Wednesday, 15 August 2012

Friendly whales

By Alex Sasso. Oceans Intern July 2012.

Tuesday was my best trip out on the boat yet and I think it will be very hard to top. It was a beautiful warm morning and immediately after launching we came upon a large group of bottlenose dolphins and worked with them for photo-ID and acoustics for about an hour. Then we made our way out to the point and got a report of humpback whales out at sea. We went to go check it out and found two humpback whales with a few tour boats. The whales seemed very relaxed and were moving slow and gracefully through the area. It was actually very simple to keep track of them because they were only traveling at about 2 knots and stayed on the same course. I kept track of their breathing rate so we knew about every 4-5 minutes they would be resurfacing. We got great photo ID pictures of their dorsal fins (“Flatty” and “Hook” were how we distinguished the two animals) and one decent shot of a fluke. We stayed with the whales for a while and they soon became curious about our boat and the surrounding tour boats. They would surface in front of the tour boats repeatedly, as if to check them out and have their picture taken by the tourists. They even spy hopped a few times, which was really cool. You could see all the barnacles surrounding their mouth. Then they came to visit our boat. They swam directly in front of us. We could see them just under the water and they surfaced only 1-2 meters from our boat. It was incredible and probably only lasted about 20 seconds, but it is 20 seconds of my life I will never forget. To have the opportunity to see such graceful and giant creatures, whom I’ve loved and dreamed of studying my entire life swim within a few arm lengths from me was an experience of a lifetime.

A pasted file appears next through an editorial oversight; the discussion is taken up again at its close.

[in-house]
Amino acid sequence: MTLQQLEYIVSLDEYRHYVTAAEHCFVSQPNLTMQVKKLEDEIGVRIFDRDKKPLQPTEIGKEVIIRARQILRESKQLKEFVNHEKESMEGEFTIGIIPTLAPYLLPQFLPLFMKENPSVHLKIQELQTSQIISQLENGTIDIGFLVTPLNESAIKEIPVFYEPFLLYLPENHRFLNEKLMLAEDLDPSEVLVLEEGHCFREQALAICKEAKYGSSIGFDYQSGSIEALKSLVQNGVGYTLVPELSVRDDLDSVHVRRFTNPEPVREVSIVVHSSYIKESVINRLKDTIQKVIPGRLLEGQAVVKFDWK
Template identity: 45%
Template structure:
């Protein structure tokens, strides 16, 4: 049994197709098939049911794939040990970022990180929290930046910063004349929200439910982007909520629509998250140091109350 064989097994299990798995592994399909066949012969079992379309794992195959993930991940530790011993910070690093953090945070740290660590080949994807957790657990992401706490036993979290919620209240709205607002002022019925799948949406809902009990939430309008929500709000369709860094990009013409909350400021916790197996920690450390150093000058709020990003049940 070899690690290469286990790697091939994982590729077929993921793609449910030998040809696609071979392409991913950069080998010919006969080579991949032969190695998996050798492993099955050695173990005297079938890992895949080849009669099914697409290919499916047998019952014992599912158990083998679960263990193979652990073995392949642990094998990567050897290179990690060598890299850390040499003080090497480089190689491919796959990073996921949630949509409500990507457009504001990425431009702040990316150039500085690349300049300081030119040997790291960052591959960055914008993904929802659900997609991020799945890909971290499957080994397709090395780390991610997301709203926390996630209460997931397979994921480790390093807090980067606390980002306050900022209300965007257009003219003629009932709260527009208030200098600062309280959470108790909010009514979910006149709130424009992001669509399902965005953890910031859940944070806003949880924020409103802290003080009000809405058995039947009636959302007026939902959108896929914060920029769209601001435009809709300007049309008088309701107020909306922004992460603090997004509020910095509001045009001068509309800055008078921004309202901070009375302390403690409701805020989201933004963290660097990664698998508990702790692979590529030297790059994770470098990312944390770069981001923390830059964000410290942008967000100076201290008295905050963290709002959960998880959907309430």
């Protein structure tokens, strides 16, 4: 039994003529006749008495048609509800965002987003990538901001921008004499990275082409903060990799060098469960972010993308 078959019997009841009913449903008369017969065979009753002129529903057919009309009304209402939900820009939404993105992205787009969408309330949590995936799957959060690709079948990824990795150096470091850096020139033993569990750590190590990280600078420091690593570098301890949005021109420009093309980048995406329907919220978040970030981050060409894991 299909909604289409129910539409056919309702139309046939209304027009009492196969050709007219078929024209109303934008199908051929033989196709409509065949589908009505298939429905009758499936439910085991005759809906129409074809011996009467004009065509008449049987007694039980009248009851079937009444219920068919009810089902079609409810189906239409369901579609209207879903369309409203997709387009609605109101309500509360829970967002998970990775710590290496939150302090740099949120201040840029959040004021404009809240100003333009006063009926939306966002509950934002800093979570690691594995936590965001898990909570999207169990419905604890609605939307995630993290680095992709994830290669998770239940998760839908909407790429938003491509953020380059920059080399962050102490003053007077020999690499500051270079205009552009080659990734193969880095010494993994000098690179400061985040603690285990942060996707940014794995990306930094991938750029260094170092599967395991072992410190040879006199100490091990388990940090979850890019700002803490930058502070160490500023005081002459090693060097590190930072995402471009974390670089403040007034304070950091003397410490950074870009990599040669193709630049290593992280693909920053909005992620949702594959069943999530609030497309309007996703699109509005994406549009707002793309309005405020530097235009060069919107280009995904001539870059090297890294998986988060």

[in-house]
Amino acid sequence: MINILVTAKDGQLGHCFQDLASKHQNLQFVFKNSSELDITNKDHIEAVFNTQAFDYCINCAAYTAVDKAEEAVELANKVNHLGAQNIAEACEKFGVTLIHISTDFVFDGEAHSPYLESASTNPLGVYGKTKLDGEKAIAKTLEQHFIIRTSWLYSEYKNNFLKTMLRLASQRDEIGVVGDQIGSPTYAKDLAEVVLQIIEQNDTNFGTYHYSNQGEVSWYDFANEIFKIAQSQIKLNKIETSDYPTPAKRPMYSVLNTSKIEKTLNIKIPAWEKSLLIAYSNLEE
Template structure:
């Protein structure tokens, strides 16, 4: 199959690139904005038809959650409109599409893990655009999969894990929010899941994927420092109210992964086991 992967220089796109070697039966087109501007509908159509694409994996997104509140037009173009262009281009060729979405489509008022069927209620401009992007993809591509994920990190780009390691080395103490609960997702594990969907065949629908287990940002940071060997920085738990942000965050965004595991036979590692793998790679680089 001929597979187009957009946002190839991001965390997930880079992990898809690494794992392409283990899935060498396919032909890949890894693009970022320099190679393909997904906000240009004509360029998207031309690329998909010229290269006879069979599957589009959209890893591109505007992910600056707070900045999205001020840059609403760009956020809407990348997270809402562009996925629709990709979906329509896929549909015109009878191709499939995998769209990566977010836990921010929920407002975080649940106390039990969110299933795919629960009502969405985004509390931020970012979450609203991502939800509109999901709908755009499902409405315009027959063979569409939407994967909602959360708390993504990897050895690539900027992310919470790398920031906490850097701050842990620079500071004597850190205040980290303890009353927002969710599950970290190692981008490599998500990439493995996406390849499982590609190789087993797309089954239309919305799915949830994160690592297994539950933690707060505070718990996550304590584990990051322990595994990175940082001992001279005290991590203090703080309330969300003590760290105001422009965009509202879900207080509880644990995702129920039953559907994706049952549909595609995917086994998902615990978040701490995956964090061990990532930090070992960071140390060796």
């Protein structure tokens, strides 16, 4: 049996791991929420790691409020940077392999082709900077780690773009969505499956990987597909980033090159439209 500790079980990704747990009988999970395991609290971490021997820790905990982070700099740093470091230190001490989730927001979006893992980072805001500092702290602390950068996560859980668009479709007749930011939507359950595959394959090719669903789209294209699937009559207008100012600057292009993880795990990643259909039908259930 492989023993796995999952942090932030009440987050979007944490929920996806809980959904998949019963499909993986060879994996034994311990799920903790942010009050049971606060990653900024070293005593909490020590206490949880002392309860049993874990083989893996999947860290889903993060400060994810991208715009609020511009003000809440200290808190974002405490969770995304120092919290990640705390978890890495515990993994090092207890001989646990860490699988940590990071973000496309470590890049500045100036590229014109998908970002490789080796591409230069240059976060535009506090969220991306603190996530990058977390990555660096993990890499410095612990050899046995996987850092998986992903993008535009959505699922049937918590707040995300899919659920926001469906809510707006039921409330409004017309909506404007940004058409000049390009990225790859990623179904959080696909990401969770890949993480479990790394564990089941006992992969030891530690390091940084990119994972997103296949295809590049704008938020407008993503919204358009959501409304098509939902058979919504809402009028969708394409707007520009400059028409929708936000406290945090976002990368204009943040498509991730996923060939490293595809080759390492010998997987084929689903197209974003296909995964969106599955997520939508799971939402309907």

Once the tour boats left, we stayed with the whales to collect biopsy samples. Simon did the shooting with the biopsy crossbow, while wearing a GoPro on his head (kind of like a nerdy Rambo, still very cool though).), and we got great samples from both animals. The animals had little to no reaction to the biopsy dart, which we were happy about because they were such friendly whales and we really didn’t want to make them upset. After our work was done, I drove the boat home for the first time. It was simple because the water was calm, thankfully! Overall the day was a phenomenal experience and one I hope all future interns with have the opportunity to experience as well. 

Wednesday, 8 August 2012

By Julie Coffey, Oceans Intern July & Aug 2012.

This week in Walvis Bay has been full of  unique and exciting encounters at sea. I got my first good look at a Mola mola (sunfish) on Tuesday. You can spot one by its fin lifting out of the water- this one  was about a meter wide and we got some great pictures as he floated just under the surface, they're remarkably boat friendly!